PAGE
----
Although Béjar did painting, handcrafts and even trades, he is best known for his sculpture, especially a class of sculpture called “magiscopios.” These were created with metal, glass, crystal, plastic and resins, and feature crystals and lenses that distort the onlookers view. He created the first of these with waste metal and other scraps. After he created his first one, he invited Paco de al Maza, Justino Fernández, Salvador Novo and others for dinner. After seeing the work they thought about names with Jorge Hernández Campos coming up with “magiscopio.” When Béjar exhibited these magiscopios at the Palacio de Bellas Artes in 1966, he signified a break for a generation of avant garde sculptors, and from traditional Mexican sculpture. The magiscopios brought Béjar fame and many of them were copied and reproduced; however, their popularity meant that no one wanted to see his paintings, which bothered him.The popularity also meant that he stopped making them from scraps, especially when he was hired as an artist-in-residence for Carburandum in the US, their first from Latin America. He signed a contract for five years which allowed him to work at their factory and work with larger pieces of materials.
Béjar’s art career began as a painter, and began in New York where he had his first individual exhibition of 18 paintings at the Ward Eggleston Gallery in 1948.However, this success did not open doors for him in Mexico when he returned, not being able to do so until he had the support of the Instituto Mexicano Norteamericano. This show brought his work to the favorable attention of Mexican art critics. However, over his lifetime he had over 150 individual exhibitions and his work appeared in about 100 collectives ones, both in Mexico and abroad. He had a sixteen-year break in exhibiting his work until 1998,when the Instituto Nacional de Bellas Artes sponsored a retrospective. They wanted to have it at the Palacio de Bellas Artes or the Museo de Arte Moderno, but Béjar refused, stating that these avenues were too closed to new artists, so instead it was held at the Museo de Arte Carrillo Gil.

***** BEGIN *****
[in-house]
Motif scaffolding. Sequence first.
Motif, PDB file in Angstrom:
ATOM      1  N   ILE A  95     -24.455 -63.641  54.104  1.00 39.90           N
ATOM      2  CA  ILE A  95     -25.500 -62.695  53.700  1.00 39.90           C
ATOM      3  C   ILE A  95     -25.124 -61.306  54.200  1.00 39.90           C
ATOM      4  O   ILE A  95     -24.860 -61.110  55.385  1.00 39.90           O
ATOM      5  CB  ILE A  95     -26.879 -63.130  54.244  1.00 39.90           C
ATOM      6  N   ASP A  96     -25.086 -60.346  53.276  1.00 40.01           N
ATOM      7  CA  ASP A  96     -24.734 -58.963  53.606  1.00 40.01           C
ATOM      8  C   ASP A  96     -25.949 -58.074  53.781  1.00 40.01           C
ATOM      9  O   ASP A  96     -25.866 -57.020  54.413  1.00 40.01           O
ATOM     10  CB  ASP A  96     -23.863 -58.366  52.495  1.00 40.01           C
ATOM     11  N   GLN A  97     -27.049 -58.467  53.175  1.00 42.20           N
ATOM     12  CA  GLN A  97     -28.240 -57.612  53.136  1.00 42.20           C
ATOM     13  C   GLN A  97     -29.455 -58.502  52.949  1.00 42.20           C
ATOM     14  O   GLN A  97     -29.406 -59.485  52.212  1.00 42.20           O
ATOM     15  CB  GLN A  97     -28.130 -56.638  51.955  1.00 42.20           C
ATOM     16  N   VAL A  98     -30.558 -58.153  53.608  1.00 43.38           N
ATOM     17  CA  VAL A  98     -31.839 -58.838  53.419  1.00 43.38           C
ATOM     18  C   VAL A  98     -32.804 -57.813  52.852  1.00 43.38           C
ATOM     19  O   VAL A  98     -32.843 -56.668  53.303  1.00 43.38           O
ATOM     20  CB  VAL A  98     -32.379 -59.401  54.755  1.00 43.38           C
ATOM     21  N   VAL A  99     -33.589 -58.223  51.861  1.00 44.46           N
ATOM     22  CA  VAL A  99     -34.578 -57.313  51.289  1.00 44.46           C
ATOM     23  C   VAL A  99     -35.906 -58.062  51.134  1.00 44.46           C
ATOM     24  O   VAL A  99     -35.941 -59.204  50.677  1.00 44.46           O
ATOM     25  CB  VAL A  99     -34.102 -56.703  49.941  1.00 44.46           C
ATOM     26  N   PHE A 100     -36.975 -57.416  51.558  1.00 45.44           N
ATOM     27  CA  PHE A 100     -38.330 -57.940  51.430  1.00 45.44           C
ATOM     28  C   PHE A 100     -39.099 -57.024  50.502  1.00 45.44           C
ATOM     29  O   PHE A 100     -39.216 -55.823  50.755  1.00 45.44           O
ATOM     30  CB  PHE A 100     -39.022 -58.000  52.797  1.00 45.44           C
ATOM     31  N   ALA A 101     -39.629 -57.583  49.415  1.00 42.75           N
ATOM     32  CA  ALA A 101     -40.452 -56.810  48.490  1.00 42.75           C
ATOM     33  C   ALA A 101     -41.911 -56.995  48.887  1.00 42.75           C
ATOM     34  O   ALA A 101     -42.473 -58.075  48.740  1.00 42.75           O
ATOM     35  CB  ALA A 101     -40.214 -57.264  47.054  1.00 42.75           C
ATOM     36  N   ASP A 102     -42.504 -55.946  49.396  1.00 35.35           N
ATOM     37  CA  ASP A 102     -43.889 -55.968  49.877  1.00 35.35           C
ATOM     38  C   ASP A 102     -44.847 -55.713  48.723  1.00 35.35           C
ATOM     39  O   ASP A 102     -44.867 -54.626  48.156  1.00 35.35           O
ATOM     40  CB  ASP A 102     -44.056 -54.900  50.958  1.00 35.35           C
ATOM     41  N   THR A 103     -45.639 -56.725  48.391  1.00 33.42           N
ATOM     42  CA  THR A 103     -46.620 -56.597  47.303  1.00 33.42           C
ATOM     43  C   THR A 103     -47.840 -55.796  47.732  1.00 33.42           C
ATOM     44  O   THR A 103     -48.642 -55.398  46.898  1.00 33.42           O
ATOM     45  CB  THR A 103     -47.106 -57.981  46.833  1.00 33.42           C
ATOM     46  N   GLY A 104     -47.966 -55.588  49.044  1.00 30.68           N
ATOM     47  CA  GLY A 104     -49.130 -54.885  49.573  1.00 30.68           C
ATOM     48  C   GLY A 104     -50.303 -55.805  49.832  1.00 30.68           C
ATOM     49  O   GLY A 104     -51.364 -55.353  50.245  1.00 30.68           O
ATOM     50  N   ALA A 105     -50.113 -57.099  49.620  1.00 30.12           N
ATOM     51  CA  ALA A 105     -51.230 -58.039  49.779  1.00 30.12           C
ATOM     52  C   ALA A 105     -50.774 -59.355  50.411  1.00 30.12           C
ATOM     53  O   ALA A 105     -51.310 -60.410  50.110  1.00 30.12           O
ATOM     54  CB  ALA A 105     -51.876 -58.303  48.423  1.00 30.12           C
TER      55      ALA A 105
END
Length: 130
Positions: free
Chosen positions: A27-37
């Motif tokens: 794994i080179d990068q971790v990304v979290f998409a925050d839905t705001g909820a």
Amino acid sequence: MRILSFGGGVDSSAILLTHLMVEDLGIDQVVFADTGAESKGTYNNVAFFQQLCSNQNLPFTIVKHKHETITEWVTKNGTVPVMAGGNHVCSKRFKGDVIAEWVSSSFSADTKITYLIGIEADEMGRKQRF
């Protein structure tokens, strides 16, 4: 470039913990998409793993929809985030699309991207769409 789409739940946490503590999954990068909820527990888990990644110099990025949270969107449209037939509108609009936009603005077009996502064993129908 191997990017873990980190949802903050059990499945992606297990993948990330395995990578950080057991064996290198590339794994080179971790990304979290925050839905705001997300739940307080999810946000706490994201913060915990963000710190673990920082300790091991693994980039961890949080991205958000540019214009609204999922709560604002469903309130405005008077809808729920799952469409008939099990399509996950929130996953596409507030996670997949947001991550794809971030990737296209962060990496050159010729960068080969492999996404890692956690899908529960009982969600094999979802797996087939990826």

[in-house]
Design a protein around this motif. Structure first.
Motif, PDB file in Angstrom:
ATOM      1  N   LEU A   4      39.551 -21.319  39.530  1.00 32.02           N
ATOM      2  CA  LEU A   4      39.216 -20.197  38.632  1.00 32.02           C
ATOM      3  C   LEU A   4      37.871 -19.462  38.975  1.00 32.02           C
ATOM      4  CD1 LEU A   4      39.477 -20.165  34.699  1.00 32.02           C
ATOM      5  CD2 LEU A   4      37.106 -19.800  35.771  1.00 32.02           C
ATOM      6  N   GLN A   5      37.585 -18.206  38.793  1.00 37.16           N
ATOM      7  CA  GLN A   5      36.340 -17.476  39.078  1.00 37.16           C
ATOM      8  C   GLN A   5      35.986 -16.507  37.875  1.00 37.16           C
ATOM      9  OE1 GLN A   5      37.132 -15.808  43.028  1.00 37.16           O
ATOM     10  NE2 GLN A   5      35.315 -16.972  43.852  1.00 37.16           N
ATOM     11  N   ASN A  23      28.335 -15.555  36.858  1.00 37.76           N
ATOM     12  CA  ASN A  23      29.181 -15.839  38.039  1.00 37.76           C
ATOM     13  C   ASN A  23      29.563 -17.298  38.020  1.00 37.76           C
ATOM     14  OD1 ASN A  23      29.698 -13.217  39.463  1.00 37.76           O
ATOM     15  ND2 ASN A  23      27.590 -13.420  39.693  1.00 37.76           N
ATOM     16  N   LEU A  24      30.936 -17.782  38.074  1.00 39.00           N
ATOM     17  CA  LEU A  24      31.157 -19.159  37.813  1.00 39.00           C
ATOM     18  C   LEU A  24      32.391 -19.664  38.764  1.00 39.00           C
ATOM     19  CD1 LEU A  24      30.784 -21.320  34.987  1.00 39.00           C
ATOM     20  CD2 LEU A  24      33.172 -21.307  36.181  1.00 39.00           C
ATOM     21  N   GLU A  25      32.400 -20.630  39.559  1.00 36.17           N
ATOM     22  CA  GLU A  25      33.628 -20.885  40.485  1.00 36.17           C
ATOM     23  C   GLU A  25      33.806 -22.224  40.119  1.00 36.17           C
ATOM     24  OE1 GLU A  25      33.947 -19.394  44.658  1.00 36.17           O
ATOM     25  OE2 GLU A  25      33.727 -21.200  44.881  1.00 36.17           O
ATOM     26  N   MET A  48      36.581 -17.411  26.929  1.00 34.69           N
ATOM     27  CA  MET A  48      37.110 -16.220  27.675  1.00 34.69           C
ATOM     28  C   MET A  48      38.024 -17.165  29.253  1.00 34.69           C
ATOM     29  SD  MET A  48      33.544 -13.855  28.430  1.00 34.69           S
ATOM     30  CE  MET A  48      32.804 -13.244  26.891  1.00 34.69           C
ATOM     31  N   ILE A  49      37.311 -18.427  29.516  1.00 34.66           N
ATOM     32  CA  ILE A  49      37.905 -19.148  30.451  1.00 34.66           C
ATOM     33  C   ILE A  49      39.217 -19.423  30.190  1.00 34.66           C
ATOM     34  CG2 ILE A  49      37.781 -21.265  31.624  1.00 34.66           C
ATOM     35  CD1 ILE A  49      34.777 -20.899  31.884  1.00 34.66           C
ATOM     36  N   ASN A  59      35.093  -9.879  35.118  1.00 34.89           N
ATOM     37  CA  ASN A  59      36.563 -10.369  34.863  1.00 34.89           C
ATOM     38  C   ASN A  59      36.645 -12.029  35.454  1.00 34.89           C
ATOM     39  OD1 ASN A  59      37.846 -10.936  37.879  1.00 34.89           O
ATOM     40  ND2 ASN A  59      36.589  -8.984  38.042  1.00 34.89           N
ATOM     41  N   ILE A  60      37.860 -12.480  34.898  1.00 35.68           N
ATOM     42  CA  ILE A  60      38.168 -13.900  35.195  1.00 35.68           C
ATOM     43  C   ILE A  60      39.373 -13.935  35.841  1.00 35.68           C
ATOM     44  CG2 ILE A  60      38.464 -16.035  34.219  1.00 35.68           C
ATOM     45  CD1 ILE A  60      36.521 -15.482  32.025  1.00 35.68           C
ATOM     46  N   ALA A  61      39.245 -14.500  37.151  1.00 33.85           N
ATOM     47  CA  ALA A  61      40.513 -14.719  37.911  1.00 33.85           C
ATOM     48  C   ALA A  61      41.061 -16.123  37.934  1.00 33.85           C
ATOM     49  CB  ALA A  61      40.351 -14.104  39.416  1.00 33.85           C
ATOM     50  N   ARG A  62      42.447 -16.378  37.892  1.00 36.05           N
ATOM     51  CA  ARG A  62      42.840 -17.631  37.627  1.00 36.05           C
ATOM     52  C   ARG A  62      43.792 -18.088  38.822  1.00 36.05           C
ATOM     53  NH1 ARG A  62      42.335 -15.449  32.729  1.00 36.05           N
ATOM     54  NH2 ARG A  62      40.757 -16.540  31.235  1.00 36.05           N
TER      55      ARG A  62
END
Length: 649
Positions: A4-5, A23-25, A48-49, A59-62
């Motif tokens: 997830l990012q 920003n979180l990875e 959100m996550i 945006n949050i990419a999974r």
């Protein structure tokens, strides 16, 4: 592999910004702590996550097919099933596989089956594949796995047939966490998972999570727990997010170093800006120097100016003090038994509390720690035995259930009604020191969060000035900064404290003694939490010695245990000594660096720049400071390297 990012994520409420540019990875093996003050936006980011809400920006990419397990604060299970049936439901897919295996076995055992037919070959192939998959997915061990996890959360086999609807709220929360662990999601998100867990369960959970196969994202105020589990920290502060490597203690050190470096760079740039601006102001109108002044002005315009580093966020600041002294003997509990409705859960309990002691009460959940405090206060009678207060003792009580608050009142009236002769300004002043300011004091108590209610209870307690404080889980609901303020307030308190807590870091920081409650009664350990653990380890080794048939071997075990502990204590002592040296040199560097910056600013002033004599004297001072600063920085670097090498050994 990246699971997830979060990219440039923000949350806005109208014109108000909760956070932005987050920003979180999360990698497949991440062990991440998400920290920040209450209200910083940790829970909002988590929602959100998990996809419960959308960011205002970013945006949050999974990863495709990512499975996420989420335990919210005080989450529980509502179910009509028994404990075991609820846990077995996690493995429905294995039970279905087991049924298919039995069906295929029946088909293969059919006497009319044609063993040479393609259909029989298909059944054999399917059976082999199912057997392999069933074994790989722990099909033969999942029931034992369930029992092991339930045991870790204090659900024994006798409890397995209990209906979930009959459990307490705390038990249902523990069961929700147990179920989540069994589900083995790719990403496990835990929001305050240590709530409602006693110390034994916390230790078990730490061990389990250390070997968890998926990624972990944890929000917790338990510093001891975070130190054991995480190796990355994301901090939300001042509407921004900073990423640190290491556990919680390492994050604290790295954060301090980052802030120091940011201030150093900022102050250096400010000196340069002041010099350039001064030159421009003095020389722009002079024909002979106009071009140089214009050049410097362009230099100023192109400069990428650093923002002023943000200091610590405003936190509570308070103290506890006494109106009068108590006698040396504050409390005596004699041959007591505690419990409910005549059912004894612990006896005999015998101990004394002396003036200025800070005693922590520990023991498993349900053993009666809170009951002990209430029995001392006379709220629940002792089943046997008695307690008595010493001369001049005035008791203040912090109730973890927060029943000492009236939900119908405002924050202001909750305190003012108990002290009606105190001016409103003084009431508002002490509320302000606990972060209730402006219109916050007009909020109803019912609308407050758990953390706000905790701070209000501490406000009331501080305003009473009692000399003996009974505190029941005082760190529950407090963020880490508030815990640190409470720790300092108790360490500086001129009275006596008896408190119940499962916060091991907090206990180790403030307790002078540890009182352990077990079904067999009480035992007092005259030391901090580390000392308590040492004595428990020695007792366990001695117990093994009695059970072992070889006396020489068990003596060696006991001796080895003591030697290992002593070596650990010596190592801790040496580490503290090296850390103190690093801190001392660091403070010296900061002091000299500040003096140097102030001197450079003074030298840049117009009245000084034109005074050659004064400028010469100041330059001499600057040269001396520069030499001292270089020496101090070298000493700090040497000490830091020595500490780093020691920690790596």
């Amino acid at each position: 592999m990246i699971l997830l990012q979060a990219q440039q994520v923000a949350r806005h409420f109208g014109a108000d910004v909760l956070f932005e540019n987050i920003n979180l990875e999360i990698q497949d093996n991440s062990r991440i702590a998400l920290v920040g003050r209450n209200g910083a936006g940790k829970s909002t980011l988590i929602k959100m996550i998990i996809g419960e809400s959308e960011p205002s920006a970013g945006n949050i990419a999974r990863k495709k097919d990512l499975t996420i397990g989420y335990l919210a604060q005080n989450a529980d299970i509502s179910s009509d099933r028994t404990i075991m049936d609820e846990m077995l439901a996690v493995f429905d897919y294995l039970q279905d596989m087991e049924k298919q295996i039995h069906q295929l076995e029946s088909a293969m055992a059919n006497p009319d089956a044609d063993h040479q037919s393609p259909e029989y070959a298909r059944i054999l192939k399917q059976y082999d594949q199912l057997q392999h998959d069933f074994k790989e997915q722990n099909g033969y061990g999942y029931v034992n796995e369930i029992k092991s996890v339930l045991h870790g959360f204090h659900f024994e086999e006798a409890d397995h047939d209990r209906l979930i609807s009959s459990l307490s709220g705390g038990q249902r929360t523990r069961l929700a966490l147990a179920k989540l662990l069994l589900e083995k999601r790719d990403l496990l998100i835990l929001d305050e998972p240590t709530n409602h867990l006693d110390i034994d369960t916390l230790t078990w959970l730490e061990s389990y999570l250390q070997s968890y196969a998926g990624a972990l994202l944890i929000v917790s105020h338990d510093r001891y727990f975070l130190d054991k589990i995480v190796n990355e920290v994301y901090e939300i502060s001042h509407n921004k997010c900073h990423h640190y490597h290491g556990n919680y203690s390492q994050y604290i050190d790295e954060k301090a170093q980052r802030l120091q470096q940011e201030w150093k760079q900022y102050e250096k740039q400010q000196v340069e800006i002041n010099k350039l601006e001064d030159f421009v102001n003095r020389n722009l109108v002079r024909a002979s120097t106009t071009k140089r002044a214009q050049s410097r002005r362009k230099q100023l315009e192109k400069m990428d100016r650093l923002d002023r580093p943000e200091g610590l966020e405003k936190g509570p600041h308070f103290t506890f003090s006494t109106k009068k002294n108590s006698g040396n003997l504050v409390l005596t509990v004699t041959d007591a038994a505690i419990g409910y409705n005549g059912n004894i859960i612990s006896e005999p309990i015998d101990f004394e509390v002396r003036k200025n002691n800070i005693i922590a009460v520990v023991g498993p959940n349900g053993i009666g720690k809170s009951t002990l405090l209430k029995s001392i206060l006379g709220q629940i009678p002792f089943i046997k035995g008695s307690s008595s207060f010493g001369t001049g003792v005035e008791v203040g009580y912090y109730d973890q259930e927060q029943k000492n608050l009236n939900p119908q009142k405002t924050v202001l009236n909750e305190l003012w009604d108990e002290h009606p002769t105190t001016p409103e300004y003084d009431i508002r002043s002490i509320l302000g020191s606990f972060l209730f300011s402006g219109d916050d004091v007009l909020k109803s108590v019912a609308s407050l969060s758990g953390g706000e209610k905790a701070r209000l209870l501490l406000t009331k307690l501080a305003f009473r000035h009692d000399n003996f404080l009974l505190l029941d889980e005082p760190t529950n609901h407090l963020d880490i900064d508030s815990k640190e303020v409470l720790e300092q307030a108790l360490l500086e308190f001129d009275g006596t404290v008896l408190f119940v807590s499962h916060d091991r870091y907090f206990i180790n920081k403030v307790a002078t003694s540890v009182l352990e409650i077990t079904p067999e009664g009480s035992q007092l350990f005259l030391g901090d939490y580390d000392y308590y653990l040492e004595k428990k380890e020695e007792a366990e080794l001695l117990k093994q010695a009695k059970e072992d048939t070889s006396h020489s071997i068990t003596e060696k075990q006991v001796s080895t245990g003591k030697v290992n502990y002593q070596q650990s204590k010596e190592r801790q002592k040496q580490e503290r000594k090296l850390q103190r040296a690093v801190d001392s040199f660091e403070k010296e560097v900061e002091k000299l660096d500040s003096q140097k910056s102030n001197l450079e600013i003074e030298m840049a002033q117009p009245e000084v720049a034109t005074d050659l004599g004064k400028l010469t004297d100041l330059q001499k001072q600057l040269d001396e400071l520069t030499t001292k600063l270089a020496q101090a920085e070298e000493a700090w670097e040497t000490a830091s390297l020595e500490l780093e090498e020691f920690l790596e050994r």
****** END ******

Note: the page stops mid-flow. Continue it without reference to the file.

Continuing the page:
He received a number of awards but stopped accepting when the Bank of Mexico asked him to purchase the medal he was awarded because they lacked resources. He also became disenchanted with the attention given to him by politicians including Mexican presidents He was a member of the Salón de la Plástica Mexicana
Béjar was a prolific creator and while much of his production has been acquired for permanent collection, much is in the possession of his longtime friend Martin Foley. At least 75 of his works are part of major museum collections in Brazil, the United States, Great Britain and Israel.
Since his death in 2007, there have been events to pay homage and exhibitions of his work, including a 2010 homage and conference at the Liberator Miguel Hidalgo y Costilla Cultural Center in his hometown in Michoacán and a major exhibition of his work at the Museum of Light in Mexico City in 2013. There have also been efforts to create a formal museum in Béjar’s memory. His former home in Michoacán has been opened to the public and contains a collections of his paintings, sculptures and handcrafts.
While best known as a sculptor, he was also a painter, artisan and a tradesman, not seeing differences between artist and artisan, instead considering them inseparable. He worked with various techniques such as painting, drawing, engraving and sculpture in wood, ceramic, soldered metal, bronze, stone, stainless steel, crystal and plastic. He defined himself as a creator who did not belong to the artistic elite on Mexico. Although not considered part of the Generación de la Ruptura, his work did open new avenues for artists in Mexico. He was noted for his use of geometry, transparency and light and was contrarian in various aspects. For example, he began to work in terracotta when many artisans were dismissing it in favor of porcelain.